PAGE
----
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Ball of Fire: The Tumultuous Life and Comic Art of Lucille Ballby Stefan Kanfer
Synopses & Reviews
A little world out of nothing
Few intimations of Lucille Ball's character and career can be found on her family tree. Hers is a classic instance of the comic talent that surfaces without genetic antecedent. There have been, of course, many such "sports" in show business, performers who sprang from generations of laborers or small-time entrepreneurs. But most often these comedians and clowns were first-generation Americans, breaking out from the poverty, illiteracy, and prejudice that still afflicted their parents. Moreover, the great majority of them came from the streets of New York City, where demonic energy was the only réeacute;sumé they needed, and where opportunity lay all around them-from larceny and murder to medicine, law, and entertainment.
Lucille had little in common with the generation that was to beget laughter in vaudeville, in the legitimate theater, and on the sound stages of the 1930s. Compared to them she is a bloodline aristocrat. "My mother, Desiréeacute;e Hunt," her account proudly states, "was of French-English descent, with a touch of Irish from her father's side that showed in her porcelain-fine English complexion and auburn hair." Lucille's father, Henry Durrell Ball, was descended from landed gentry in England; some of the family came to the New World as early as the seventeenth century. She was delighted to note that there was "some Ball blood in George Washington" since "his mother's maiden name was Mary Ball." If there were any deeper investigations of the Ball genealogy, Lucille did not record them. Actually, George Washington's relationship with his mother was one that grew increasingly unpleasant and embarrassing. Hardly had George left home when Mary began to complain publicly about her son's neglect. Rather than take pride in his early career, she used it as a lever to pry favors from him. During the French and Indian War, for example, he suffered terrible privations in the service of King George III. Mary displayed little interest in his ordeal; her letters demanded more butter and a new house servant. Irritation between parent and child remained until her death in 1789.
Evidently a number of Mary's descendants were working folk and farmers, scattered about the United States, with little in the way of wealth or prospects. For one of them, fate intervened in 1865, when oil was discovered in the appropriately named town of Pithole, Pennsylvania. Clinton Ball, Lucy's great-grandfather, had property in the vicinity, accepted the enormous bid of $750,000, and headed for the progressive, gaslit village of Fredonia, New York. There he built a large house and acquired an additional four hundred acres. Clinton must have found Protestant fundamentalism to his liking; he donated generous sums to local churches, but made certain that anyone who preached there hewed to his literal interpretation of the Bible. Unsurprisingly, he looked upon city life as licentious and went so far as to forbid any of his six children to dance.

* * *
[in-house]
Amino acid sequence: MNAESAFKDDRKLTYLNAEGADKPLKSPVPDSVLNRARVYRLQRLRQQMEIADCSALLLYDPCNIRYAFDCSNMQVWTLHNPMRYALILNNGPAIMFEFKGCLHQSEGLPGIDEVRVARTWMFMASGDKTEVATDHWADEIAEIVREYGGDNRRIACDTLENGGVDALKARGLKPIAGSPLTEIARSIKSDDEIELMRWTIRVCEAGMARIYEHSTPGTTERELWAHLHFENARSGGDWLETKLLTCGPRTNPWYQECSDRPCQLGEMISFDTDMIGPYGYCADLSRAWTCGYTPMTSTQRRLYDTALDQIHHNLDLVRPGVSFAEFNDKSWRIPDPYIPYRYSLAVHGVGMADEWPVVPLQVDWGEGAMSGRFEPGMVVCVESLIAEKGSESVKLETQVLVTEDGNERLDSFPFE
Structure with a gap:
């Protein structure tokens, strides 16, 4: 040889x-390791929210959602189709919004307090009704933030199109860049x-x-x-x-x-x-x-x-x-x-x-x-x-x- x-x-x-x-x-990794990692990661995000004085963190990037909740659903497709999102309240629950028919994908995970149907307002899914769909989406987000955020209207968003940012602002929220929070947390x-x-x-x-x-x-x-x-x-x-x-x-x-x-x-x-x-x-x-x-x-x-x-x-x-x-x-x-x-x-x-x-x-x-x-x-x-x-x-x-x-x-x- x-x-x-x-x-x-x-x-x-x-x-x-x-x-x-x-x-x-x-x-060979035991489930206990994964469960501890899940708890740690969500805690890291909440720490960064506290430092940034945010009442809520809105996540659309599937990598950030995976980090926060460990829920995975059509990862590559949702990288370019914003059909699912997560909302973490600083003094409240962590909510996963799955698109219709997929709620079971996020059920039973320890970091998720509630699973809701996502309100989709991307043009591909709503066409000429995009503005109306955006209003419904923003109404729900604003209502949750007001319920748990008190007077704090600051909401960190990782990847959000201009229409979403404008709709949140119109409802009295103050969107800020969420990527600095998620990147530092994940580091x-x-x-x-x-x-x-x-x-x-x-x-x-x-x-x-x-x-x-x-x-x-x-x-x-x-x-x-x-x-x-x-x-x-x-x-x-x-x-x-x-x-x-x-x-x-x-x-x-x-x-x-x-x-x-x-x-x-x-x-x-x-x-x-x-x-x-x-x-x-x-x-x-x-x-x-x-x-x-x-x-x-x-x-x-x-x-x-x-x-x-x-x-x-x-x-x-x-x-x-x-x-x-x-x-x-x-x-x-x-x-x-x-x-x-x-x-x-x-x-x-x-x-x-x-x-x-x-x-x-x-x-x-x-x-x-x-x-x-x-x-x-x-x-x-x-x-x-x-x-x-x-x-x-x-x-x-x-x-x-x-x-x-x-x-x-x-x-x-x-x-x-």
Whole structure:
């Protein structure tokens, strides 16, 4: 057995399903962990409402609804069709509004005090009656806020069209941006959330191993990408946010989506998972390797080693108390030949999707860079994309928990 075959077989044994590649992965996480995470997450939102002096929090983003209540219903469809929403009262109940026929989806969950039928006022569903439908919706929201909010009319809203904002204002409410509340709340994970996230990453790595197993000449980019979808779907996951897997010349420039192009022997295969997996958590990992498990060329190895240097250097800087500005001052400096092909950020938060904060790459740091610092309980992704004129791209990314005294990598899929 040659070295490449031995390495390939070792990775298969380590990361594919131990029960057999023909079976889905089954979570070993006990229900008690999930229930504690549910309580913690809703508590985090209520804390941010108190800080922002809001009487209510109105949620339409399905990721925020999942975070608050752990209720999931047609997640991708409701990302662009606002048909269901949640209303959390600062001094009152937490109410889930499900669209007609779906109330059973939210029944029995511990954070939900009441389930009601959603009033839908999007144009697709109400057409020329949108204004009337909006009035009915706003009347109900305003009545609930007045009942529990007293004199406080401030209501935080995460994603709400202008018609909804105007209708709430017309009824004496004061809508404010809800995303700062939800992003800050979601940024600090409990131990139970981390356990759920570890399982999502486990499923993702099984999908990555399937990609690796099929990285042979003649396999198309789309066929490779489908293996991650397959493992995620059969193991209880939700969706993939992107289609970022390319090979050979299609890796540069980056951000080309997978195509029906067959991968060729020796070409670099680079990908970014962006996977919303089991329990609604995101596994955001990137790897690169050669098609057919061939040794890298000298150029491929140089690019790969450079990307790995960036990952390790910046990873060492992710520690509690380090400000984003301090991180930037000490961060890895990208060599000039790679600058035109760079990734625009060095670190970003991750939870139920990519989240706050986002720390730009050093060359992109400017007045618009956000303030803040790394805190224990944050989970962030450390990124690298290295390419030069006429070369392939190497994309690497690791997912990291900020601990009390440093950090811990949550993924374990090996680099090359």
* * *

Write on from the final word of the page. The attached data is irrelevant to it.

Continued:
Five of them obeyed; the sixth was an adventurer who wanted something more than received wisdom. Jasper Ball-"Jap," as he preferred to be called-married young and became a father soon afterward. He settled the family in Jamestown, New York, and began to invest his savings in the newfangled telephone business. When the hinterlands proved inhospitable to t
As a movie actress Lucille Ball was, in her own words, “queen of the B-pluses.” But on the small screen she was a superstar–arguably the funniest and most enduring in the history of TV. In this exemplary biography, Stefan Kanfer explores the roots of Lucy’s genius and places it in the context of her conflicted and sometimes bitter personal life.
Ball of Fire gives us Lucy in all her contradictions. Here is the beauty who became a master of knock-down slapstick; the control freak whose comic alter ego thrived on chaos, the worshipful TV housewife whose real marriage ended in public disaster. Here, too, is an intimate view of the dawn of television and of the America that embraced it. Charming, informative, touching. and laugh-out-loud funny, this is the book Lucy’s fans have been waiting for.
A portrait of the redheaded comic icon discusses her lonely childhood, discovery of her comedic talents, marriage to and divorce from Desi Arnaz, runaway successes on the "I Love Lucy" show, and her painful final years. Reprint. 35,000 first printing.
About the Author
Stefan Kanfer's books include The Eighth Sin, A Summer World,The Last Empire, Serious Business, and Groucho . He was a writer and editor at Time for more than twenty years. A Literary Lion of the New York Public Library and recipient of numerous writing awards, Kanfer is currently in the Distinguished Writer program at Southampton College, Long Island University. He lives in New York and on Cape Cod.
Stefan Kanfer's Groucho: The Life and Times of Julius Henry Marx and The Essential Groucho: Writings by, for, and about Groucho Marx are available in Vintage paperback.
From the Hardcover edition.
Table of Contents
Preface. Why Lucy? Why now? — Introduction — 1. A little world out of nothing — 2. "This girl's fulla hell" — 3. "Jesus, what energy!" — 4. "I'll call you Dizzy" — 5. "The hair is brown but the soul is on fire" — 6. "How can you conceive on the telephone?" — 7. "How can I possibly sell this?" — 8. "Lucy is enceinte" — 9. "The only thing red is the hair" — 10. "Why can't I be happy?" — 11. "From Cuban to Reuben" — 12. "What are you trying to do, ruin my career?" — 13. "Tough, very tough" — 14. "You think it's funny getting old" — 15. A Marx sister.
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